This is the classic question. It’s phrased in just a way that doesn’t ask directly: “Which is more important: the plot or the characters?” but still asks a question that makes you question which is more important. How you answer this question determines how you will tell your stories.
To start out, it’s only fair to say (and logical) that the plot and the characters are mutually exclusive. You can’t have a story without the plot, and you can’t have a plot without the characters. If one of these crucial elements is missing, you can’t have a story. So as far as the story’s existence is concerned, both are equally as necessary (read: vital).
But, the question still stands: should you make the plot for the characters or the characters for the plot? Which should be central? One’s gotta revolve around the other, so I’m hereby dismissing this namby-pamby “I can make them both for each other” crap. There’s an answer to this question, and we’re getting to the bottom thereof.
One of the first things you need to know is that one of the two (be it the plot or the characters) is going to suffer because of the other. This is natural. To be honest, one should take precedence over the other. They are of equal importance as far as the story is concerned, but not as far as which should be more prominent.
Think of it this way: there are two main kinds of stories when it comes to this. There are plot-driven stories and character-driven stories. Plot-driven stories can suffer as far as the character is concerned, but adds all sorts of great plot twists, revelations, and betrayals. There is usually more action than its counterpart.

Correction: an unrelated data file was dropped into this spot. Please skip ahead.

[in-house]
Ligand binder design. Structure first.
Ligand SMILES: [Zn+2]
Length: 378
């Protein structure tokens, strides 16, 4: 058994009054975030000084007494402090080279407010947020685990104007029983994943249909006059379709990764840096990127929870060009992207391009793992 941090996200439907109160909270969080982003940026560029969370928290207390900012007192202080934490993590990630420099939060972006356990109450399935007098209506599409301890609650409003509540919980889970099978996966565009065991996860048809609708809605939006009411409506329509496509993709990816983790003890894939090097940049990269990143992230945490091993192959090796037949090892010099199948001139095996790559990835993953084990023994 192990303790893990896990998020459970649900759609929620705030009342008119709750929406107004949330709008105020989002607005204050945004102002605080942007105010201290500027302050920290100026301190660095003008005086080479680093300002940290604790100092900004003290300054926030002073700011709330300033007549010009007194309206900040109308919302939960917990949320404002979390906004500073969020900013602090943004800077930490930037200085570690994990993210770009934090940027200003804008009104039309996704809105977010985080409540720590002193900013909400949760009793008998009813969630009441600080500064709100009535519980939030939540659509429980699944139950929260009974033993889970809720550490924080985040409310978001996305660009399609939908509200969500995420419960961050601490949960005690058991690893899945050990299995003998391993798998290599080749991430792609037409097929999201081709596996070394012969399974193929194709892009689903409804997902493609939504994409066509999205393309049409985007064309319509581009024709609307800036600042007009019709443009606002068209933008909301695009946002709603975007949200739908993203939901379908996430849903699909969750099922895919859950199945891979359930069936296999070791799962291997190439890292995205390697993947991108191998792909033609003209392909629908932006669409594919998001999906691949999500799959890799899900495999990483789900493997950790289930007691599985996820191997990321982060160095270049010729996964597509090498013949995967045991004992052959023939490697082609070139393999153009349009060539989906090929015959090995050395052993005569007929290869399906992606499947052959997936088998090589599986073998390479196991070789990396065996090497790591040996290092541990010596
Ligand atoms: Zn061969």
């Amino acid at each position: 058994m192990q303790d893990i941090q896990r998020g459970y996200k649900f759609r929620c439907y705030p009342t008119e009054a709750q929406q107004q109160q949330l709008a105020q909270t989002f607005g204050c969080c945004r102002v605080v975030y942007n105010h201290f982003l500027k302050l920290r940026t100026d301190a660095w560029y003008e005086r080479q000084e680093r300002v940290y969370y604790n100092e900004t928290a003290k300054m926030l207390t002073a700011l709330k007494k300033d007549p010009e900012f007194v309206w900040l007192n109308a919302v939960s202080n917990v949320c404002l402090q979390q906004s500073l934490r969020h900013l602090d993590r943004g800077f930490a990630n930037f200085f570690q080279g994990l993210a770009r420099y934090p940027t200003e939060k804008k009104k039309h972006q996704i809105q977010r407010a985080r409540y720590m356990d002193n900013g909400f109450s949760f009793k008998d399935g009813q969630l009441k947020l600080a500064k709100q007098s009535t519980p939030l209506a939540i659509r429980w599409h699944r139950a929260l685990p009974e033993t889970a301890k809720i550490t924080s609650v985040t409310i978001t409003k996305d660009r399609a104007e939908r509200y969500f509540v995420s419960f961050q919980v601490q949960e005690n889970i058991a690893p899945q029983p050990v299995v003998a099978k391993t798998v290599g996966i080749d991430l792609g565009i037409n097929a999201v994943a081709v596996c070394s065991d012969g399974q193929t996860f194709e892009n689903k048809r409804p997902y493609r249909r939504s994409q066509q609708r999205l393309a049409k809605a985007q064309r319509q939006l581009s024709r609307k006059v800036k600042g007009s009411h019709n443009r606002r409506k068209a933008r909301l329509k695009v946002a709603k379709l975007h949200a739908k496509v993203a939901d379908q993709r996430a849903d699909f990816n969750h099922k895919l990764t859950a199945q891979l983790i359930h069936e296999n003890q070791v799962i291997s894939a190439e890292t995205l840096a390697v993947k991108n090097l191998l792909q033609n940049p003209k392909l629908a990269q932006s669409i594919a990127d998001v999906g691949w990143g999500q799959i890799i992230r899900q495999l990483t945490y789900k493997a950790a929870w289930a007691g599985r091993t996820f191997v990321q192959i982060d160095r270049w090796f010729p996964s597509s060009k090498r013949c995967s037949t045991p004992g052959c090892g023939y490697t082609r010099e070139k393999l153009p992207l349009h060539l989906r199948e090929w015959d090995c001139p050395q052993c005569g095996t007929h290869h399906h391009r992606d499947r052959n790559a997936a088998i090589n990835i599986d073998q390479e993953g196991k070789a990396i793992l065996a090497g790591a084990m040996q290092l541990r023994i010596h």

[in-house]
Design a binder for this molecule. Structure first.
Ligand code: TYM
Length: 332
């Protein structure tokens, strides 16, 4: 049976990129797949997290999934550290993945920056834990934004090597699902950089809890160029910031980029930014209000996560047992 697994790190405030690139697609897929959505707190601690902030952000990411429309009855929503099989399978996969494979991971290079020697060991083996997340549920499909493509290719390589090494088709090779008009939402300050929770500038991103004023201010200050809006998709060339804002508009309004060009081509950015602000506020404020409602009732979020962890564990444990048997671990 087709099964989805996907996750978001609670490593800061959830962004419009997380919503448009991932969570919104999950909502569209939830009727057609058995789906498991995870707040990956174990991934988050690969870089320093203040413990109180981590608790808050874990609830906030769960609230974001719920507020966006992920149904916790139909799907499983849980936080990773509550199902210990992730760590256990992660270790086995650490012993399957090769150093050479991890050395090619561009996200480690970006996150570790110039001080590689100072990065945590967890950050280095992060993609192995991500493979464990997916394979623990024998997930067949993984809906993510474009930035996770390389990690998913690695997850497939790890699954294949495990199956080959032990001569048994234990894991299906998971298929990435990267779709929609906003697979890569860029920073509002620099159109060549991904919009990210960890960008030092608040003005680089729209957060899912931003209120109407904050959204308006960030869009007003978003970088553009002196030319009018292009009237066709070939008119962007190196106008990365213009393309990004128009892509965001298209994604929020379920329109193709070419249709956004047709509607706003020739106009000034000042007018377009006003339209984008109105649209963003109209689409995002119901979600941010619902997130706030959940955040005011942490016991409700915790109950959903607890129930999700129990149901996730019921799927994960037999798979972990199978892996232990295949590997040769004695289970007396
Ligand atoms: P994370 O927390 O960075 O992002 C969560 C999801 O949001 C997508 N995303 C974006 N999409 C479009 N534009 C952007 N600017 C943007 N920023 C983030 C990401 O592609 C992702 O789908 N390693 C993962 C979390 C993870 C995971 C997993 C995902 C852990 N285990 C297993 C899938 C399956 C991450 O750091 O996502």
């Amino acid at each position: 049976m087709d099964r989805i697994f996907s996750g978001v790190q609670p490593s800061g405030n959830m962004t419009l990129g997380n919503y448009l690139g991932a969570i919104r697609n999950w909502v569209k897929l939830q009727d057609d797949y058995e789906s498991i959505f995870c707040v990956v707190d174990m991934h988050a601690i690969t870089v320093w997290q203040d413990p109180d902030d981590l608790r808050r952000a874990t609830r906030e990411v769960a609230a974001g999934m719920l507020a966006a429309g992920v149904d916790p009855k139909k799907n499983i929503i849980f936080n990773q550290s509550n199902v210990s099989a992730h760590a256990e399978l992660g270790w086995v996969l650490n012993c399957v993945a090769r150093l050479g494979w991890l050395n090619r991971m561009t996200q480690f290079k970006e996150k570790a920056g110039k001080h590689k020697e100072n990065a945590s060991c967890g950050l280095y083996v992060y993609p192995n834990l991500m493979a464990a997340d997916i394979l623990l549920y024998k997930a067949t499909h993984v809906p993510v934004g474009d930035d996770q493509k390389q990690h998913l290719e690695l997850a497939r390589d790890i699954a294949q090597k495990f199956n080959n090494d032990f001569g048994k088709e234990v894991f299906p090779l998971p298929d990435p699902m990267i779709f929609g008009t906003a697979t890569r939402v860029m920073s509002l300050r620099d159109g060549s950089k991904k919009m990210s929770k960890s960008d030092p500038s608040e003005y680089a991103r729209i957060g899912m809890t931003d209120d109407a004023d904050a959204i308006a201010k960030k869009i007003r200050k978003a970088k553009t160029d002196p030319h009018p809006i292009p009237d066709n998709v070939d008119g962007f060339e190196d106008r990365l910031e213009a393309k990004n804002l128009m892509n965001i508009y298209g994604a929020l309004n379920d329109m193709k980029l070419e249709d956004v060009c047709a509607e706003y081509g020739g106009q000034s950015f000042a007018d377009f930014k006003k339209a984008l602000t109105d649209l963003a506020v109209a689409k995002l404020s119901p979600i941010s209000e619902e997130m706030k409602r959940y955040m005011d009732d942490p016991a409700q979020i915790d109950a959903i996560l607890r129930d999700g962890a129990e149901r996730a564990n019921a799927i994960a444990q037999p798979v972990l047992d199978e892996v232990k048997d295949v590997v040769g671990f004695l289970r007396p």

Character-driven stories are usually filled with more drama and are typically more cerebral. Not that plot-driven stories can’t be that way, but it’s easier to explore the intricacies of a human being (since they’re much more deep than your average plot) than it is the plot of a story.
So, the question could be adequately rephrased: should a story be more plot-driven or more character-driven? Ideally, you could have a story both with great plot twists and amazing character revelations, but one would still be stronger than the other, if only slightly.
Here’s how I look at it: do heroes go on adventures, or do adventures go on heroes? Does the hero make the adventure, or does the adventure make the hero? Does the writer start with an adventure and then add people to go on it, or does the story start with a hero who finds an adventure?
Heroes go on adventures, of course. The plot is something that happens to the character(s). You don’t tell the story from an objective, historical view: you tell it from the perspective of your characters. The reader doesn’t follow the plot directly: it follows the characters who follow the plot. Or, put more simply, it follows the plot through the characters.
The adventure is unpleasant. It involves a bunch of things that the hero probably doesn’t want to go through. The hero may cause the adventure, but so many things that happen are out of their control. They don’t make the adventure for themselves; rather, the adventure shapes the characters into something else.
Obviously, the story starts with a person. The greater events of the story come later, after all the other starting characters are introduced. The adventure is made for the characters to go on, and not the characters for the adventure.
Now, I’m not suggesting that you should let your plot sag for the sake of character development. Make them work together. Realize that they’re existence is equally important, but always keep in mind that the plot is made for the characters, not the other way around.
Be sure to check out my latest novel, Book 1 in the Praetors of Lost Magic Series, and our Publications page. Until then, writers!